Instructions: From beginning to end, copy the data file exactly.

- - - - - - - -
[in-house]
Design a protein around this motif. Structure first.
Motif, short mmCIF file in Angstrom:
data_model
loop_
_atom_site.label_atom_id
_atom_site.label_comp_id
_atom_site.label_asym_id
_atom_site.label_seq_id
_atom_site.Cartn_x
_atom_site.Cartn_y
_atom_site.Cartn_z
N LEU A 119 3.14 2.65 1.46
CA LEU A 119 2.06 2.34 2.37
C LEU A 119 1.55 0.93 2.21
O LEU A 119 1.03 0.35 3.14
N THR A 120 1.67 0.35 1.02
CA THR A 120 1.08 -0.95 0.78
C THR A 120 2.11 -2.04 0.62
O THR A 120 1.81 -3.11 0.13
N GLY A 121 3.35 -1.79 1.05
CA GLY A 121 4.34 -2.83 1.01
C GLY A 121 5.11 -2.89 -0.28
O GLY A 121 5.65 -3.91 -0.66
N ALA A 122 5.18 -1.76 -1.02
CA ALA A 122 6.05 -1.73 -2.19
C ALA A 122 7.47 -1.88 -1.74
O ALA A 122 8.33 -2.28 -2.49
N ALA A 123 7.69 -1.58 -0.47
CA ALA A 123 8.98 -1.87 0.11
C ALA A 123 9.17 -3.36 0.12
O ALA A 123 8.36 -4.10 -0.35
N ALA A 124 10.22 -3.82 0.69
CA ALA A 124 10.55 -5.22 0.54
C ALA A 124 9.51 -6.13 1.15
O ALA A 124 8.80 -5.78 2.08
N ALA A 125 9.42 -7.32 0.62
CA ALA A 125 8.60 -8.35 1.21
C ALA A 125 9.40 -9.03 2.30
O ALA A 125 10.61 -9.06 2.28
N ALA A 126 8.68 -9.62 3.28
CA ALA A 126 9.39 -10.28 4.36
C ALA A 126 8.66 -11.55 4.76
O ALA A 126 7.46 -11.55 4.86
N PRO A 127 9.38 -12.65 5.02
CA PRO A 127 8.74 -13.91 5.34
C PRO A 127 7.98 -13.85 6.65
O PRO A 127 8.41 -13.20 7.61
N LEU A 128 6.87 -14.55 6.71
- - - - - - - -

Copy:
[in-house]
Design a protein around this motif. Structure first.
Motif, short mmCIF file in Angstrom:
data_model
loop_
_atom_site.label_atom_id
_atom_site.label_comp_id
_atom_site.label_asym_id
_atom_site.label_seq_id
_atom_site.Cartn_x
_atom_site.Cartn_y
_atom_site.Cartn_z
N LEU A 119 3.14 2.65 1.46
CA LEU A 119 2.06 2.34 2.37
C LEU A 119 1.55 0.93 2.21
O LEU A 119 1.03 0.35 3.14
N THR A 120 1.67 0.35 1.02
CA THR A 120 1.08 -0.95 0.78
C THR A 120 2.11 -2.04 0.62
O THR A 120 1.81 -3.11 0.13
N GLY A 121 3.35 -1.79 1.05
CA GLY A 121 4.34 -2.83 1.01
C GLY A 121 5.11 -2.89 -0.28
O GLY A 121 5.65 -3.91 -0.66
N ALA A 122 5.18 -1.76 -1.02
CA ALA A 122 6.05 -1.73 -2.19
C ALA A 122 7.47 -1.88 -1.74
O ALA A 122 8.33 -2.28 -2.49
N ALA A 123 7.69 -1.58 -0.47
CA ALA A 123 8.98 -1.87 0.11
C ALA A 123 9.17 -3.36 0.12
O ALA A 123 8.36 -4.10 -0.35
N ALA A 124 10.22 -3.82 0.69
CA ALA A 124 10.55 -5.22 0.54
C ALA A 124 9.51 -6.13 1.15
O ALA A 124 8.80 -5.78 2.08
N ALA A 125 9.42 -7.32 0.62
CA ALA A 125 8.60 -8.35 1.21
C ALA A 125 9.40 -9.03 2.30
O ALA A 125 10.61 -9.06 2.28
N ALA A 126 8.68 -9.62 3.28
CA ALA A 126 9.39 -10.28 4.36
C ALA A 126 8.66 -11.55 4.76
O ALA A 126 7.46 -11.55 4.86
N PRO A 127 9.38 -12.65 5.02
CA PRO A 127 8.74 -13.91 5.34
C PRO A 127 7.98 -13.85 6.65
O PRO A 127 8.41 -13.20 7.61
N LEU A 128 6.87 -14.55 6.71